Amherst College Department of Geology


INTRODUCTION This exercise is designed to be completed at home, using the tray of approximately 30 mineral specimens that has been assigned to you for the semester. You are asked to identify the mineral name of these specimens by determining (and learning) their physical properties so that you can use mineral identification to aid your study of rocks in future labs.

The effective way to identify these specimens is to work with all the specimens at once. Each sample is consecutively numbered (running from left to right and then top to bottom so that row 1 has #1-7, row 2 has #8-14, etc.), so go ahead and gently dump them on a table (protected with a newspaper or other cover). Divide the minerals into luster groups, then subdivide the luster groups by , hardness, and so on - using the physical properties you learned to recognize in lab (luster, streak and color, hardness, and ), plus a few others that are mentioned in the descriptions of the minerals below. By this process of elimination you can best identify your specimens.

After working with the whole collection and subdividing it into smaller and smaller groups, begin entering the information you have gathered on the mineral identification form. First list the physical properties of each specimen, and then its mineral name. This procedure follows the scientific method, in which one first gathers data, and then arrives at a conclusion.

Refer to the lab exercise on physical properties in order to recall the method of determining those properties in which you are interested. Typically scientists would both scratch and break specimens to key physical properties. These specimens are not sacred, but please do NOT break them. You should assume that most of the samples were broken when they were collected and so already show cleavage. Do go ahead and scratch the samples. Certain materials, usually available in the home, will be quite useful for testing minerals. A nail or pocket knife, a cent, and a piece of window are useful for hardness tests and are included in your mineral tray. Streak may be determined with a piece of unglazed , or by finely powdering a small piece of a specimen between two hard objects. A small lens will be useful, especially to determine cleavage. A will identify your specimen.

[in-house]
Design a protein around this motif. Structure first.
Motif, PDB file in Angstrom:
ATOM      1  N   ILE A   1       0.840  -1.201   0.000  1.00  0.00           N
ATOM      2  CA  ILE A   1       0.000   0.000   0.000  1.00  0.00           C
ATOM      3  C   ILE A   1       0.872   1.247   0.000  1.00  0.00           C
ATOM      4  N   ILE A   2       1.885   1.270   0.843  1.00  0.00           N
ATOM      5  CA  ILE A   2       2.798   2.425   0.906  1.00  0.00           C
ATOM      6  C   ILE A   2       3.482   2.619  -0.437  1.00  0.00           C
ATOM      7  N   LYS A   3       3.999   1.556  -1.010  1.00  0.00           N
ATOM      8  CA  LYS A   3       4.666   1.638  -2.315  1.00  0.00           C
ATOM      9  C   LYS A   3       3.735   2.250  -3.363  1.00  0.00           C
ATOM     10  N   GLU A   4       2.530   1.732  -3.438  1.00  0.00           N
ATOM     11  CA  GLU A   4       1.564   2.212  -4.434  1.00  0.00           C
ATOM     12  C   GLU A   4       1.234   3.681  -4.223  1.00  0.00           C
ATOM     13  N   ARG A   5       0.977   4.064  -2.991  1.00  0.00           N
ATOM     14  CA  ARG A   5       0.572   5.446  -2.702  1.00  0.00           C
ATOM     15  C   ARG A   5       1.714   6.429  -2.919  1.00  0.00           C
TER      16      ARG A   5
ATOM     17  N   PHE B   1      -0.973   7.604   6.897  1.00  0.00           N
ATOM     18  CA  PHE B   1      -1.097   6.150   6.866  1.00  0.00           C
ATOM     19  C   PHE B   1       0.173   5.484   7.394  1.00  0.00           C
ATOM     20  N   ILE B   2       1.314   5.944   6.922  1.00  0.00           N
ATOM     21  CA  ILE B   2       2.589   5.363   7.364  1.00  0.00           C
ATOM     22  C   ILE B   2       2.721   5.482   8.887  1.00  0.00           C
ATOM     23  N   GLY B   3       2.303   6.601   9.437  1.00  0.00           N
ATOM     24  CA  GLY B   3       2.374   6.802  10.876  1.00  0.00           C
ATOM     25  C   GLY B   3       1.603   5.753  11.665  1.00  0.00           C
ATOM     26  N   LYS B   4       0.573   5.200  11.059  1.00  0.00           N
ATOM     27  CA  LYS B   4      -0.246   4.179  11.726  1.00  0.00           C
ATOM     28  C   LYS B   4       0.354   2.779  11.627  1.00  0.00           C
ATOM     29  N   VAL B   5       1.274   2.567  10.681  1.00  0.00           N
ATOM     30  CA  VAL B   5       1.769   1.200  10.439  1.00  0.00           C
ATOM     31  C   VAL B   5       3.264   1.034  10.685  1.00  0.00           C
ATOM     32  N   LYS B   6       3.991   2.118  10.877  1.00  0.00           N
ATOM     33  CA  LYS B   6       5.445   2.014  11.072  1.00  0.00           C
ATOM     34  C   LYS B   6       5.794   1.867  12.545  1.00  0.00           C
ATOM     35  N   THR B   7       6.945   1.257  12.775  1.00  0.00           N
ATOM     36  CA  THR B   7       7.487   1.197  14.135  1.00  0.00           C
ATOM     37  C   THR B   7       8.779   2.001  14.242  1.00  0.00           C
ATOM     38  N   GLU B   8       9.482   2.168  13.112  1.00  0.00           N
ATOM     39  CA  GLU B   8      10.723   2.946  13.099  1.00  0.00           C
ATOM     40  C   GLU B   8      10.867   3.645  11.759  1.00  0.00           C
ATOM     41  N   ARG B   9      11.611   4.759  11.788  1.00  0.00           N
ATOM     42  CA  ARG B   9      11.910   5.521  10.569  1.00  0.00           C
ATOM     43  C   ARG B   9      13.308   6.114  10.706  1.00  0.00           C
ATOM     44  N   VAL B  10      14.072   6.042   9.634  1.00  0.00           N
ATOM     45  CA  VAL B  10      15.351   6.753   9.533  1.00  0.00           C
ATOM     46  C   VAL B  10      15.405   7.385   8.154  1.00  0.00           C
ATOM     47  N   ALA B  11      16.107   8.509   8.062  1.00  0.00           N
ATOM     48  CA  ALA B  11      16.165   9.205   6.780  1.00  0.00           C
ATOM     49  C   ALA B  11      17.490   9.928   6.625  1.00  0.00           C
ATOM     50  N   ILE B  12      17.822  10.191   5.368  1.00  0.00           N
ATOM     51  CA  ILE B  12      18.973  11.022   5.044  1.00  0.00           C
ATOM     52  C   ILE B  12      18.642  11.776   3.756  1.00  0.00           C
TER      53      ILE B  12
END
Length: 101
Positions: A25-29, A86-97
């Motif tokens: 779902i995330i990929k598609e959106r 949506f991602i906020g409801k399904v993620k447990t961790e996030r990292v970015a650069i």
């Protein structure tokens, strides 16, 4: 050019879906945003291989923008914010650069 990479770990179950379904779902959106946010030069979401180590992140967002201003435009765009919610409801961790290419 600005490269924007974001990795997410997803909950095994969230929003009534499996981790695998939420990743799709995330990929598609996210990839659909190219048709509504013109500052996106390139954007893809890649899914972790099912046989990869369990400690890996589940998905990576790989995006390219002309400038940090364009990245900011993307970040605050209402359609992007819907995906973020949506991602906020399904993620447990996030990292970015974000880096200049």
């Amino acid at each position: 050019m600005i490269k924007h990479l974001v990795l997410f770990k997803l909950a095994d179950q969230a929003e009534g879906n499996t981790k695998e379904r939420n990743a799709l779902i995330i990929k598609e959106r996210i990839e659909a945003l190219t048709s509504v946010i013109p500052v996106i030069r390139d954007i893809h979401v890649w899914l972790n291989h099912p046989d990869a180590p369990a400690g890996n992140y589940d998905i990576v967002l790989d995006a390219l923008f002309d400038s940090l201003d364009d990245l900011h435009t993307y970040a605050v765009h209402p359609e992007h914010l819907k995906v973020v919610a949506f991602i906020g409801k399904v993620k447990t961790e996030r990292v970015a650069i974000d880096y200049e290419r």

You should be cautious of two problems that will arise with some of your mineral tray specimens. The first is that some are impure, containing other minerals in addition to the main one. For example, occurs as part of a sample in your tray. The other important problem is that mineral specimens can occur in aggregate form, in other words, some of your specimens will consist of many individual grains. Your sample of is one such case. The physical properties to be determined must be determined on individual grains, not on an aggregate of grains. The separation of grain characteristics from aggregate characteristics requires careful examination of each specimen.

PROCEDURE First, divide all your specimens into the luster groups under Category "I" below, and then try to subdivide those groups further by employing Categories II to V. Note that some of the minerals are listed in more than one category. Write these important physical characteristics of each mineral, as you determine them, in the table at the end of the lab. Using these properties, and the mineral descriptions provided here, identify each mineral and write its name in the appropriate box on the diagram of a mineral tray at the end of the lab. Bring your mineral tray to lab next week. You should have made considerable progress in determining the physical properties of the minerals and in identifying them.

I. Luster in combination with color and streak.

A. Minerals with metallic luster. These will be opaque, but may be of various colors.

1. Magnetite - color black; streak black; magnetic.

2. - color blue-black, but also may be earthy ; streak dull red always.

3. - color grey; metallic luster very bright; streak shiny grey- black; perfect cleavage in three directions.

4. - color ; streak black; very hard for a metallic mineral.

5. - color yellow to to black; luster bright (note quite metallic); streak pale yellow; soft; several directions of cleavage.

6. - color grey; streak black; soft, perfect cleavage in one direction.

B. Non-metallic minerals, dark color, glassy (vitreous) luster.

1. Sphalerite - color resinous yellow to dark brown; cleavage perfect in six directions; soft.

2. - color dark to black; cleavage in two directions.

3. - color brown to black; cleavage perfect in one direction (cleaves into flexible, elastic sheets).